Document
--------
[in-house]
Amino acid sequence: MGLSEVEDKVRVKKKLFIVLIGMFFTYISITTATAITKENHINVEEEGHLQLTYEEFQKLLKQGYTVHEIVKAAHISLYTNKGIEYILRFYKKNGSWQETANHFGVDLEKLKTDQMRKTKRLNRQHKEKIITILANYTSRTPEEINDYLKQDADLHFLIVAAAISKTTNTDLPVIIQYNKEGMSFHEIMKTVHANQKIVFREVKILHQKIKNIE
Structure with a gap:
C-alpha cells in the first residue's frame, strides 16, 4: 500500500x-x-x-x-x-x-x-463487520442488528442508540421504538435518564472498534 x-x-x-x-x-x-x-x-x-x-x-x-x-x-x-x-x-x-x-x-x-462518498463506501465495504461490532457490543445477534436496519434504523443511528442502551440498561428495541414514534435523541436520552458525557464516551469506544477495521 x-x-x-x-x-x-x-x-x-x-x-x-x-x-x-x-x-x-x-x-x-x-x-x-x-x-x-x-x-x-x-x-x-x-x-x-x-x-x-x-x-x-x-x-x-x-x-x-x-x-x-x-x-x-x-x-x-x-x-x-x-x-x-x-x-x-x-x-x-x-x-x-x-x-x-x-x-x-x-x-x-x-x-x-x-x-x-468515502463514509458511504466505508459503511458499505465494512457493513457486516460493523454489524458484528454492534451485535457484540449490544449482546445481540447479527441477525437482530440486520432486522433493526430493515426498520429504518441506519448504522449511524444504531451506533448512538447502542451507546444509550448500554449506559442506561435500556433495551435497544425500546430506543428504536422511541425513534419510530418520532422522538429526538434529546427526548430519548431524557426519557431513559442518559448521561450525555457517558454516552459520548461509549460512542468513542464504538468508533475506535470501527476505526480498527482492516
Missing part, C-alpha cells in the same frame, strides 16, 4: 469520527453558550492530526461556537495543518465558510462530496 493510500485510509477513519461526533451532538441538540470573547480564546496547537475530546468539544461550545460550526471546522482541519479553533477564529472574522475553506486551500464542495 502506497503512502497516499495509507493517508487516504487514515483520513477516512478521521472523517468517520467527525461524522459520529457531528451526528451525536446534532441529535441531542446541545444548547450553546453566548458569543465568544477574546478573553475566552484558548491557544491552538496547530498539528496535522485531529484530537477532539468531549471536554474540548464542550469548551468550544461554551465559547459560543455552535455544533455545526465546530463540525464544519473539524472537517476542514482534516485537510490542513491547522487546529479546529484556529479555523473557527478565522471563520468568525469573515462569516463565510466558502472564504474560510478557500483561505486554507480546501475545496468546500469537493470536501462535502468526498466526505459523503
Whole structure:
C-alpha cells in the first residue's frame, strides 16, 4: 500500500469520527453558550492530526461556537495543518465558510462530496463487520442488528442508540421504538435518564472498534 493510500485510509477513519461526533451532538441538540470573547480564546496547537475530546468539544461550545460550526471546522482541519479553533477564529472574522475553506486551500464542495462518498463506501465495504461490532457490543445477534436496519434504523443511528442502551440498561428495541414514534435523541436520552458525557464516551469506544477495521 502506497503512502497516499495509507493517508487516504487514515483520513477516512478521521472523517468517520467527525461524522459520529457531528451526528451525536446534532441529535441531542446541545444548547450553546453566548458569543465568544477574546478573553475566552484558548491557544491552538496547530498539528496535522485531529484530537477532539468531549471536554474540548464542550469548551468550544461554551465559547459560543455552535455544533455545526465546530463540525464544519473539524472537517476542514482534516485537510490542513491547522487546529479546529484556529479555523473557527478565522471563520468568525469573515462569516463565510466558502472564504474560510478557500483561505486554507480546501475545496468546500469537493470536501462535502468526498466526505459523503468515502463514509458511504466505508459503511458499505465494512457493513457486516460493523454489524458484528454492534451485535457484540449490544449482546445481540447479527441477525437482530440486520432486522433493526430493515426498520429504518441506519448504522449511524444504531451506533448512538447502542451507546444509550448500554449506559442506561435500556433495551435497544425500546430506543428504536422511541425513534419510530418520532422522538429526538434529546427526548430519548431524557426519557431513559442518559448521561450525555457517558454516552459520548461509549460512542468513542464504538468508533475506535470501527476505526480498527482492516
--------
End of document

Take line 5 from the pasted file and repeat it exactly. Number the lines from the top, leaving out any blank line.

Missing part, C-alpha cells in the same frame, strides 16, 4: 469520527453558550492530526461556537495543518465558510462530496 493510500485510509477513519461526533451532538441538540470573547480564546496547537475530546468539544461550545460550526471546522482541519479553533477564529472574522475553506486551500464542495 502506497503512502497516499495509507493517508487516504487514515483520513477516512478521521472523517468517520467527525461524522459520529457531528451526528451525536446534532441529535441531542446541545444548547450553546453566548458569543465568544477574546478573553475566552484558548491557544491552538496547530498539528496535522485531529484530537477532539468531549471536554474540548464542550469548551468550544461554551465559547459560543455552535455544533455545526465546530463540525464544519473539524472537517476542514482534516485537510490542513491547522487546529479546529484556529479555523473557527478565522471563520468568525469573515462569516463565510466558502472564504474560510478557500483561505486554507480546501475545496468546500469537493470536501462535502468526498466526505459523503